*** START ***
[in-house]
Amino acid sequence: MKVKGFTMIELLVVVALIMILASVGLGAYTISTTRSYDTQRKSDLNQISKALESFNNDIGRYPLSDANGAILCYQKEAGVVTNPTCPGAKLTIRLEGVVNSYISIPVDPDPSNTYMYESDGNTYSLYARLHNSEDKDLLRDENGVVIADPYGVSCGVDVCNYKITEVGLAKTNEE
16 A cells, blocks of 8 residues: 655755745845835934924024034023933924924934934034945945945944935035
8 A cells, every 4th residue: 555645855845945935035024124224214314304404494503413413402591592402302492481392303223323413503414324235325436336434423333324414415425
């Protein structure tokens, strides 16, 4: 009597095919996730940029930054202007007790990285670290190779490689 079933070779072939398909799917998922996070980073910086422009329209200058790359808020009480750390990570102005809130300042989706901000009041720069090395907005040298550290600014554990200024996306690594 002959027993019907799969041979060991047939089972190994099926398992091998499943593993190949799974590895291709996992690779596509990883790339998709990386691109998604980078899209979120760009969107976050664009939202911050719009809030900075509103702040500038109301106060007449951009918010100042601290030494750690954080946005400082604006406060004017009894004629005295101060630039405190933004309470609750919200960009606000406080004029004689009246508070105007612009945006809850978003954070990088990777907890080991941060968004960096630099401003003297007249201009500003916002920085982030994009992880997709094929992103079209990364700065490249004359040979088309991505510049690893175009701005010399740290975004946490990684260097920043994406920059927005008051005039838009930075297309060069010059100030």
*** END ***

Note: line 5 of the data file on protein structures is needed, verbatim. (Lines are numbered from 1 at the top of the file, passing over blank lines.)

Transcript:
């Protein structure tokens, strides 16, 4: 009597095919996730940029930054202007007790990285670290190779490689 079933070779072939398909799917998922996070980073910086422009329209200058790359808020009480750390990570102005809130300042989706901000009041720069090395907005040298550290600014554990200024996306690594 002959027993019907799969041979060991047939089972190994099926398992091998499943593993190949799974590895291709996992690779596509990883790339998709990386691109998604980078899209979120760009969107976050664009939202911050719009809030900075509103702040500038109301106060007449951009918010100042601290030494750690954080946005400082604006406060004017009894004629005295101060630039405190933004309470609750919200960009606000406080004029004689009246508070105007612009945006809850978003954070990088990777907890080991941060968004960096630099401003003297007249201009500003916002920085982030994009992880997709094929992103079209990364700065490249004359040979088309991505510049690893175009701005010399740290975004946490990684260097920043994406920059927005008051005039838009930075297309060069010059100030």